[Nick] and [Simon] both have home security systems with a monitoring service who will call whenever an alarm is tripped. For [Simon] this ends up happening a lot and he wanted to change the circumstances that would trigger a call. Because of company policy the service is inflexible, so he and [Nick] went to work cutting them out of the loop. What they came up with is this custom electronics board which monitors the security system and calls or texts them accordingly.
They started with the self-monitoring alarm system design we looked at back in September. This led to the inclusion of the SIM900 GSM modem, which is a really cheap way to get your device connected to the cellular network. It also uses a DTMF touch tone decoder to emulate the phone line to keep the security system happy. [Simon] highlights several changes he made to the design, as well as the reasons for them. One idea he has for a possible revision is to do away with the MT8870 chip which handles the touch tones. He thinks it may be possible to use the SIM900’s DTMF features to do that work instead.
[Lior] wanted to cancel the monitoring system for his home’s alarm, but he didn’t want to stop using the alarm all together. The trick is to rig up some way to monitor it himself. It would have been simple to have it just call him instead of the alarm company since the system just uses a telephone connection. But this would require that he have a land line for it to connect to, and when it calls him he would have no idea what part of the system had been set off. He developed a way to have the system text message him with all of the available details.
An Arduino controls the system, with a SIM900 GSM shield to hand the cell side of things. The board to the left emulates the standard telephone line, with an M8870 DTMF touch tone decoder to figure out what the alarm system is telling him. He also needed to implement touch tone generation to talk back to the system. His write-up includes links to other articles he posted about hardware, software, and protocol specifics.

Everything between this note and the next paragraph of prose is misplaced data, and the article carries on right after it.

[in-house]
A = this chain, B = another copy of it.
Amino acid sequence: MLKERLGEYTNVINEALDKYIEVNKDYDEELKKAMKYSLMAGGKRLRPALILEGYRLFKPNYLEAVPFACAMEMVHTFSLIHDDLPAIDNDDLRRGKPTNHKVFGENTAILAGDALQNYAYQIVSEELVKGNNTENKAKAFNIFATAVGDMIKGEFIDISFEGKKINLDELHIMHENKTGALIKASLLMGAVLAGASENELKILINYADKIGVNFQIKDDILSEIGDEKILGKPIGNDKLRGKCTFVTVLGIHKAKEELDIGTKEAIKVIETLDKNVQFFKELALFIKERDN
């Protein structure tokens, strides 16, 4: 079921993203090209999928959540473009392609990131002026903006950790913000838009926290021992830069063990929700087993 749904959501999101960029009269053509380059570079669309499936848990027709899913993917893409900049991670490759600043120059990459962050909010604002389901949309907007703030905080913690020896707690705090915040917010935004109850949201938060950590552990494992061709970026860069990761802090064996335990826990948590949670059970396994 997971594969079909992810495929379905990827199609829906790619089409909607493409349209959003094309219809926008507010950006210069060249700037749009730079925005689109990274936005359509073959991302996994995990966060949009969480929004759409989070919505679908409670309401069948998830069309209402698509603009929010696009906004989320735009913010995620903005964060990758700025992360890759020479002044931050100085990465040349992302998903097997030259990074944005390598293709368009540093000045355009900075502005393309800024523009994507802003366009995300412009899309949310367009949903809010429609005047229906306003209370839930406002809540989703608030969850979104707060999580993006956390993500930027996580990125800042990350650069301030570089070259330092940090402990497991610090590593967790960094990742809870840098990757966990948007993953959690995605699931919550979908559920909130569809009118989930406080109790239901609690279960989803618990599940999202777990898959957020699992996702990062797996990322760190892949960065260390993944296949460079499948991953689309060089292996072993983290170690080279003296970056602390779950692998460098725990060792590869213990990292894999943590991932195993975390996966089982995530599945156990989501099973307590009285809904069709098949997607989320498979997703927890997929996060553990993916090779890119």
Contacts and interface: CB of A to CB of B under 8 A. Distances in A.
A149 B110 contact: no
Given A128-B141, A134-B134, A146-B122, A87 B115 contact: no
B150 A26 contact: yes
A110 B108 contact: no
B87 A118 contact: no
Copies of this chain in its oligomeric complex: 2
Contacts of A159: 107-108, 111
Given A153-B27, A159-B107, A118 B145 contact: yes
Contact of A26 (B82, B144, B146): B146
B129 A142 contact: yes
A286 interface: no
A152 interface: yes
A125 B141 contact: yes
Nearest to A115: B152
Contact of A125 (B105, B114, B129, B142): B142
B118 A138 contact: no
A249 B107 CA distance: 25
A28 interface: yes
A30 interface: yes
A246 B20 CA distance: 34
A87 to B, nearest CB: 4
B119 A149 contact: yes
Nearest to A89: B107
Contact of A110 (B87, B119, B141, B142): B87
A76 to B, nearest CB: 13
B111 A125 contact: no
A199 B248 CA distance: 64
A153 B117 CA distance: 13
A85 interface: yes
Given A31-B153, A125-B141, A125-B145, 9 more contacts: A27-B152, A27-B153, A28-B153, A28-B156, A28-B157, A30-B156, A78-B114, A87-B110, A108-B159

We have no idea why, but since we featured Botiful, the Android-powered telepresence robot a few days ago, the tip line has been awash in robot/Android mashups. Here’s a few of the cool ones.
Using an Android as a remote control
[Stef] used a Samsung Galaxy S3 to control an old rc tank. The Android sends accelerometer and gyro data over Bluetooth to an Android where it powers a pair of H-bridges to turn the wheels.
Turning Android into a Robotic Operating System
ROS, or the Robot Operating System, provides a bunch of utilities for any type of robot such as point-cloud mapping to multi-joint arm control. [Lentin] sent in a guide on installing ROS on Android. So far, he can get accelerometer data, stills from the on-board camera, have the robot speak and use the small vibrator motor. Here’s a (somewhat limited) demo of [Lentin] playing with ROS in a terminal.
“Just a quick procrastination project”
Last May, [Josh] wrote in asking if a tread-based robot controlled through Skype would be a cool idea. We said ‘hell yeah’ and [Josh] scurried off to his workshop for a few months. He’s back with his tank-based robot. One really interesting bit is the robot responds to DTMF tones, allowing it to be controlled through Skype without any additional hardware. That’s damn clever. You can see a video of the SkypeRobot after the break.
Continue reading “Android controlled robot extravaganza”
Nope, no microcontroller here, just a full-blown cellphone used as the brains of this little robot. The secret behind how it works is in the sounds the phone makes. The touch tones, known as DTMF, are monitored by the circuit mounted on the front half of the chassis and are responsible for driving the motors.